The body of the specimen observed was completely white, with small black blotches on the base of pelvic and caudal fins; eyes were black in color (Fig. 2a). The white Revillagigedo sea chub was observed inside a school of specimens with normal (grey-silvery) and xanthic coloration (yellow) (Fig. 2b). Abnormal color in this specimen coincides with description of teleost fishes with abnormal coloration (e.g., Kwun et al., 2016; Mansur, 2011; Muto et al., 2013, 2016) related to a dysfunctional melanin pigmentary system known as partial albinism. For the first time, we report this abnormal body coloration in K. sectatrix specimens in Mexican Pacific waters. This rare condition has been observed, but not reported, in other islands from Revillagigedo Archipelago such as Socorro Island, Roca Partida and San Benedicto (Ayala-Bocos pers. comm., 2016), hence the sea chub population with partial albinism in the archipelago includes several specimens. The specimen was photographed and not captured, and therefore, not measured, but it was similar in both size and shape to the rest of the school formation members of K. sectatrix as inferred from the images (Fig. 2b).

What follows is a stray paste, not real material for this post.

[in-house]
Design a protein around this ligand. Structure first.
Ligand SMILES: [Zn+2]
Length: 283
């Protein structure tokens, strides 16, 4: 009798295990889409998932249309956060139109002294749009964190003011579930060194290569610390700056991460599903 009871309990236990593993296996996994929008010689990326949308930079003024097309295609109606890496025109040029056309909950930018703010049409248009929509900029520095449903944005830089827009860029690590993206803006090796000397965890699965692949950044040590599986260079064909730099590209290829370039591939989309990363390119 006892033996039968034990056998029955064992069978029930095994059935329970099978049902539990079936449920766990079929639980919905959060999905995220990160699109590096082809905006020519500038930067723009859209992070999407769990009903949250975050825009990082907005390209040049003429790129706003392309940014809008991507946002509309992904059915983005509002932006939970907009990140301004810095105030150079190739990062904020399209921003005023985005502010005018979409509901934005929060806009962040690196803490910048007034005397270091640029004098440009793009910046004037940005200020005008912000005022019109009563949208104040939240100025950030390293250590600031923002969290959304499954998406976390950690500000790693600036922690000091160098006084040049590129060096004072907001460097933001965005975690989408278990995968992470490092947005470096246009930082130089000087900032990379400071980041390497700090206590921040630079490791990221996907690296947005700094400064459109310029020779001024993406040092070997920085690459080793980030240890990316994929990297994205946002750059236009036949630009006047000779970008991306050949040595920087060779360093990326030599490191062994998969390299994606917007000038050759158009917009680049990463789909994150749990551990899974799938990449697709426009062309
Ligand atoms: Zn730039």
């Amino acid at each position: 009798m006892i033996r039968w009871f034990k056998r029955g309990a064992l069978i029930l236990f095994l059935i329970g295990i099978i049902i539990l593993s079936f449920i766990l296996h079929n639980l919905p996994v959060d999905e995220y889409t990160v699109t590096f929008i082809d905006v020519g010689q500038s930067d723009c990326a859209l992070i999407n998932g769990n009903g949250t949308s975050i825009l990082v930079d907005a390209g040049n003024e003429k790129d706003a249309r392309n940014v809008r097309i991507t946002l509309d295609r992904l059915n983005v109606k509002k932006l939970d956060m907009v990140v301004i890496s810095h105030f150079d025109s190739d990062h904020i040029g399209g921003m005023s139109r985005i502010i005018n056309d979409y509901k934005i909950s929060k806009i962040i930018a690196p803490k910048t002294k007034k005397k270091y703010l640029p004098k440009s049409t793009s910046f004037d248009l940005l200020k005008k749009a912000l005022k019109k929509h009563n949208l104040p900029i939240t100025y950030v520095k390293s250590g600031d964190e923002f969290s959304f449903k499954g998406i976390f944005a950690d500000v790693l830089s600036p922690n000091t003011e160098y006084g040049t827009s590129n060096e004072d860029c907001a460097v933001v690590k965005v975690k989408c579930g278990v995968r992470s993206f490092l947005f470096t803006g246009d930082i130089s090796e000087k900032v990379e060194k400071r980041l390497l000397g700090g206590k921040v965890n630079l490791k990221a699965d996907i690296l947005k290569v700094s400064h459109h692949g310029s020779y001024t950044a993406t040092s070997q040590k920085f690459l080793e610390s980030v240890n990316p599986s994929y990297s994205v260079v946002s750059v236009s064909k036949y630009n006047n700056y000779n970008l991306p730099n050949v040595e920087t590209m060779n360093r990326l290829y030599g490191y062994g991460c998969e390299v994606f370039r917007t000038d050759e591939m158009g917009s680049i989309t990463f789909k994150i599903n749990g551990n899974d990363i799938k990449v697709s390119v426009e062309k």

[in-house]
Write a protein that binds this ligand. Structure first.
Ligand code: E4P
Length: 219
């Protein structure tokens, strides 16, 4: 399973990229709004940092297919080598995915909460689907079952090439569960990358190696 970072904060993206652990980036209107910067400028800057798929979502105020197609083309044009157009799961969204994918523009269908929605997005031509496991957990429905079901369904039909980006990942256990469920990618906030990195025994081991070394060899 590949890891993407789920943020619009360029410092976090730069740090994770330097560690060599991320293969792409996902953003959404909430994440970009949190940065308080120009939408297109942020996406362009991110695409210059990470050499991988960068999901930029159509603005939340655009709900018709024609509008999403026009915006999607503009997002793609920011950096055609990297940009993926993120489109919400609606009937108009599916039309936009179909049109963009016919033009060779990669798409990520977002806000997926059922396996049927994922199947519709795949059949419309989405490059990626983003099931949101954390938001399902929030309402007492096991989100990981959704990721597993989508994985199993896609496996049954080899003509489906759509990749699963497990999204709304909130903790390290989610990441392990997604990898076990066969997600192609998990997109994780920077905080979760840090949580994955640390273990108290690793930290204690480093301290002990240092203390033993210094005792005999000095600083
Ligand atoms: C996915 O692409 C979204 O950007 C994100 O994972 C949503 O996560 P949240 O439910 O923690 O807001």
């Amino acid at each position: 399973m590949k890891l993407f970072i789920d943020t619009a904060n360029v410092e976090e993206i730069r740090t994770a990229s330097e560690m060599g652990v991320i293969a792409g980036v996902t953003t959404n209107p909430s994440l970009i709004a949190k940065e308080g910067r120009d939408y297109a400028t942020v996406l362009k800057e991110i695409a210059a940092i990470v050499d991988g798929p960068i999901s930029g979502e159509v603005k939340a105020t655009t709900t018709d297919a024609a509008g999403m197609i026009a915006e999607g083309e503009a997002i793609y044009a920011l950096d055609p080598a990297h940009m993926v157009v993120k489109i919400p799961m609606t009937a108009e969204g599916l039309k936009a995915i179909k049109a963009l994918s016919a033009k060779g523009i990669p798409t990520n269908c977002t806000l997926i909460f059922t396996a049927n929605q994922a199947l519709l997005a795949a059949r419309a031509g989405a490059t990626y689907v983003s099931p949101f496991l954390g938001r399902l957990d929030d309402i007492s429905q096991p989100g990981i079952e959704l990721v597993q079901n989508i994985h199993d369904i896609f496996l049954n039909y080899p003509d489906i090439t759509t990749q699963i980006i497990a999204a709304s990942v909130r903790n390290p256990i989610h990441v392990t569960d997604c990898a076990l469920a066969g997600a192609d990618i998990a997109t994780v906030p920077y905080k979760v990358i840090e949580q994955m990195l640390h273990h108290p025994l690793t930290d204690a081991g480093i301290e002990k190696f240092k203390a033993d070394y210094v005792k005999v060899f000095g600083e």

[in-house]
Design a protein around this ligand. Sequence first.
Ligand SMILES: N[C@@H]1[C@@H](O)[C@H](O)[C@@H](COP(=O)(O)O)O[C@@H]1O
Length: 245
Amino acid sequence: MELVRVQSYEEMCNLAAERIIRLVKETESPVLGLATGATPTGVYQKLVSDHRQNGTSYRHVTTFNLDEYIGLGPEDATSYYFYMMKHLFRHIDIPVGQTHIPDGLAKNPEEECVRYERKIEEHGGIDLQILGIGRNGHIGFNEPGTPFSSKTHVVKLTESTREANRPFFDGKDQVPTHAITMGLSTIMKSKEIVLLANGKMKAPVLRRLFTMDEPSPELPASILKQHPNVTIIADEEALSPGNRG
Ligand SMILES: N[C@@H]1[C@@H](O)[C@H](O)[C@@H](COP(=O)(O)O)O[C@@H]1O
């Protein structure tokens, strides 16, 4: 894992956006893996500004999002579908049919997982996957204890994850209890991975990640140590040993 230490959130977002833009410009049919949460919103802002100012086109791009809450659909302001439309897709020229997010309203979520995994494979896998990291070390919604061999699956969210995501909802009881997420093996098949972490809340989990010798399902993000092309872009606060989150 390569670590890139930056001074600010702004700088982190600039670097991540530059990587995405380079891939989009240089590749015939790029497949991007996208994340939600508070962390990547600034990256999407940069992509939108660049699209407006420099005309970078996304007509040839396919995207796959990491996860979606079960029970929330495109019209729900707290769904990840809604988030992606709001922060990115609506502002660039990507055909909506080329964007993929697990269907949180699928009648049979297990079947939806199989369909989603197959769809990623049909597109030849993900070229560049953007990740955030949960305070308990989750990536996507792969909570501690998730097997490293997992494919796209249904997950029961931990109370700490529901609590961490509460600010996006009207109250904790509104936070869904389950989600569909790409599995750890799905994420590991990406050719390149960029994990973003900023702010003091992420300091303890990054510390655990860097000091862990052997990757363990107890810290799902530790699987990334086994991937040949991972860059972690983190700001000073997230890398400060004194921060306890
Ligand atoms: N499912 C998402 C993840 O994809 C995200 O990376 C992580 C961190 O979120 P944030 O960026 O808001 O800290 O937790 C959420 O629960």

Figure 2 a, Partial albinism in Kyphosus sectatrix observed at Clarion Island; b, school of K. sectatrix with normal coloration, partial albinism and xanthic coloration. 

Abnormal body coloration is related to several causes such as gene expression (Hernández & Sinovcic, 1987), diet deficiency (Kanazawa, 1993), variations in environmental conditions (Aritaki & Seikai, 2004), disorders in thyroid hormone (Okada, 2005) or dysfunctional melanin pigmentary system (Kinnear et al., 1985; Reum et al., 2008). This rare condition has been recorded in cartilaginous fishes from the Mexican Pacific such as Myliobatis californica (De Jesús-Roldán, 1990), Galeocerdo cuvier and Narcine entemedor (Sandoval-Castillo et al., 2006), Dasyatis longa (Escobar-Sánchez et al., 2009), Prionace glauca (Galván-Magaña et al., 2011), Carcharhinus obscurus (Bejarano-Álvarez & Galván-Magaña, 2013), and Carcharhinus limbatus (Sancho-Vázquez et al., 2015); but has also been reported for teleost fishes such as Haemulon sexfasciatus (Aguilar-Palomino et al., 1995) and Istiophorus platypterus (Vidaurri-Sotelo et al., 2005). Although Randall (2007) suggests that K. sectatrix can have a pale coloration, even white, this had never been recorded in Mexican Pacific waters.